Calibrating film market demand is tricky. Rights-buying patterns tend to mirror the prevailing economic conditions and current audience leanings in any given distribution territory – and yet we all know how quickly media climates can change in those same markets by the time projects are produced and ready for release there. Nonetheless, there are some vital signs worth monitoring, if only as a telling indicator of where industry money is now flowing. One such gauge is Hollywood script sales.
Every month, Jason Scoggins and Cindy Kaplan do just that with their Spec Market Scorecard. While always fascinating, their recent May stats fairly leap off the page. Consider this: despite a pronounced 24% drop in new material on the market this year, there has been a paradoxical 10% leap in spec sales. But if you think this script-buying spurt reflects a renewed Hollywood appetite for new film ideas, then think again.
“There’s a big, fat elephant in the room,” note Jason and Cindy. “With two exceptions (Fox and Universal), the studios and their labels simply aren’t buying spec scripts or pitches at anywhere near the velocity of years past.”
Fortunately, at least for those of us in the independent film financing arena, a healthy number of non-studio buyers have more than stepped into that buying gap, including Preferred Content, RadioactiveGiant and Voltage Pictures. Between them, these three Slated-listed companies have bought as many specs in 2013 as Columbia Pictures, Disney and Warner Bros combined.
What a banner year this has been already for the San Francisco Film Society and its new executive director Ted Hope. Two beneficiaries of SFFS filmmaking grants – FRUITVALE STATION and BEASTS OF THE SOUTHERN WILD – have now won back-to-back jury prizes at the Sundance Film Festival, not to mention four Oscar nominations. And now SFFS’ own film festival, the longest running cinematic showcase in the Americas, has also been making waves. Last week’s “State of Cinema” keynote address delivered to the San Francisco International Film Festival by filmmaker Steven Soderbergh has been the talk of the industry ever since – and will likely continue doing so all the way to the Cannes Film Festival later this month when Soderbergh’s Liberace biopic, BEHIND THE CANDELABRA, premieres in the main competition. Talk about setting an agenda.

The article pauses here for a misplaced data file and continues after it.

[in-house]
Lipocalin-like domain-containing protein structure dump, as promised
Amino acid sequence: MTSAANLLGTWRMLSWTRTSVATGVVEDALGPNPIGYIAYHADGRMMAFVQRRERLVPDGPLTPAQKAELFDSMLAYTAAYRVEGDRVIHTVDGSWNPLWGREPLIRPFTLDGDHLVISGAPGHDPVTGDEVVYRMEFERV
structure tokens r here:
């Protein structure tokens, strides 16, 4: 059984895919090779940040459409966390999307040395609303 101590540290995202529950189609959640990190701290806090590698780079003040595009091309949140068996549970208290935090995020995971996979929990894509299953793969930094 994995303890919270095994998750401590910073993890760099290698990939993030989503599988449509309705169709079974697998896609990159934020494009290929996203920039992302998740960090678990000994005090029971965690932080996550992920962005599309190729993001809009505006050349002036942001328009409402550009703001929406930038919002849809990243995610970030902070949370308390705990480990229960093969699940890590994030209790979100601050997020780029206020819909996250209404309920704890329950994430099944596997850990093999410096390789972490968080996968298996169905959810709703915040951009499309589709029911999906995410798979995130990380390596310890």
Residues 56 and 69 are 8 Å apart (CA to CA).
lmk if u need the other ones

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This week all film industry eyes have been trained on New York City where the Tribeca Film Festival is now in full flow. A total of five Slated films were selected for this year’s edition including BLUEBIRD, Lance Edmands’ striking directorial debut that was chosen to open the World Narrative Competition.And what an affecting opening it proved, judged by the first reviews that immediately came in for BLUEBIRD. The Hollywood Reporter critic praised “the soulfully acted drama” for “bringing a potent sense of place to its wintry Maine locations.” IndieWire’s reviewer was equally won over by this “superbly restrained, adult and thoughtful picture” that was garlanded with “terrific performances.” No wonder producers Kyle Martin and Laura Heberton were in such visibly good spirits during the post-premiere celebrations at the McKittrick Hotel.
It is with great pleasure that we announce Roman Polanski: Odd Man Out premieres today on VoD. This marks the first film to successfully secure financing through Slated AND achieve domestic distribution (US & Canada). Congratulations to director Marina Zenovich, producer Lila Yacoub, and the crew behind this incredible follow on to the Emmy Award-Winning film Roman Polanski: Wanted and Desired. We'd also like to extend congratulations to the Executive Producers including all Slated investors who helped make this happen.